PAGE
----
LIBRADO-SANCHEZ: We never really got to go out because they were always working and even though they came here for something better, it’s not like they automatically got better once they got here. It was a struggle. If we wanted something at the store we couldn’t always get it. It was a struggle working in the fields and doing labor work. Doing the work that people that come here have to do isn’t easy at all either. The conditions are really bad.

At the beginning of the film, you’ll see how my dad is working in the rain with mud everywhere and that can be very dangerous, you can slip, you can sprain an ankle, you never know. Anything can happen under those conditions. The conditions that people live once they get here and the conditions that they have to work under to be able to get to wherever they want to get aren’t easy at all.

MILLER: Esmirna there’s a scene where you’re asking a woman named Rosa what she thought about your plan to go to Mexico to see your grandfather and your family members. She essentially says, “I can’t go and so I’m glad that you can.” I’m wondering if that felt like a responsibility that if undocumented family or friends couldn’t go to Mexico that, in a sense, you owed it to them to go?

LIBRADO: I feel like it was kind of my responsibility to go in their place, to go and give them (my grandparents or my uncles or aunts in Mexico) to give them a little feel of their loved ones [who are] here.

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MILLER: It was a very literal thing too. You actually recorded video letters, video messages from family members who couldn’t make the trip and you brought them with you to show to your grandparents or aunts or uncles. Can you give us a sense for the kinds of messages that you brought with you?

LIBRADO-SANCHEZ: One of them was my uncle who’s here saying as much as they wanted to go over there, but just can’t, [that] coming back, it just wouldn’t be easy, you know? And one of them [a message] from Mexico to the United States, which was from my grandpa to my dad, he was just thanking my dad for allowing us to travel to Mexico and be able to spend time with them. Just watching the video letters, was pretty hard to watch over and over again because it feels like it’s just something that hits you all over again, Like reality hits you all over again. The fact that, can you imagine not seeing your parents for that long? Not seeing your family members for that long? Well, it’s pretty hard. You know, it’s, it’s the life we got to live.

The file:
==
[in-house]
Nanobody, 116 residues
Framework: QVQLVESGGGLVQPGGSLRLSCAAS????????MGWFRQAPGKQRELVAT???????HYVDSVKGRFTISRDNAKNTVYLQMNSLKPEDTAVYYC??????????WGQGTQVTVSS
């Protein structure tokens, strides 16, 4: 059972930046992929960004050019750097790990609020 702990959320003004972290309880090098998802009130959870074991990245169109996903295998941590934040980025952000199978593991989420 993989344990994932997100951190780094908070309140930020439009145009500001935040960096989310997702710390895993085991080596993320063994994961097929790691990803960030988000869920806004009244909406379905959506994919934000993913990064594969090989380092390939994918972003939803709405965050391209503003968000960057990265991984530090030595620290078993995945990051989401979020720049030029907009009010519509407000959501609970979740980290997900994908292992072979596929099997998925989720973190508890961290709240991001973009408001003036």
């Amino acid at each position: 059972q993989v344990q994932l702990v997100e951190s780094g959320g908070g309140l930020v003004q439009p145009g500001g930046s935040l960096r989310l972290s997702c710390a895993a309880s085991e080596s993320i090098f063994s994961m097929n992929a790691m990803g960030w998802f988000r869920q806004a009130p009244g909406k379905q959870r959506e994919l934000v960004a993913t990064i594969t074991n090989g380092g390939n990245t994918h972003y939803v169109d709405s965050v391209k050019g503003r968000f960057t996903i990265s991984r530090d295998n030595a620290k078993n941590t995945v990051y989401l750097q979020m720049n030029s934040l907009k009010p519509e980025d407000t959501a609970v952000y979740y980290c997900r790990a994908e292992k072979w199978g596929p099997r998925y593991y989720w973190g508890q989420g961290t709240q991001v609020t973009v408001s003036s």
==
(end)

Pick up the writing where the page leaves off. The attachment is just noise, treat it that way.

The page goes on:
LIBRADO: Adding on to what she said about never knowing about what’s going to happen that happened to us with our great grandpa. We were sure we were going to go back to see him, but turns out that the video you saw was the last time, first and last time we ever got to see him in person and be able to be with him because um, I think it was two years after or a year after, he had passed. And his own sons couldn’t go over to say their last goodbyes. You never know what’s going to happen because of this border dividing the families.

MILLER: Esmirna Librado and her sister Noemi Librado-Sanchez are two of the directors of the documentary First Time Home. It’s about their trip with two of their cousins to go to Mexico to visit their family there for the first time. The film is having its premiere right now as part of this year’s Portland Film Festival. How different was the village of San Martin from what you’d heard from your family back in the U. S? What were your first impressions of it?

LIBRADO-SANCHEZ: Honestly my parents have told me, there’s no water over there, you’re going to have to walk to get it. The hot water, you’re going to have to heat up, there’s no shower, there’s no flushing toilet. They were right, there was none of that. There is no running water. It always depends but most houses don’t have running water or flushing toilets and the roads over there are so dangerous.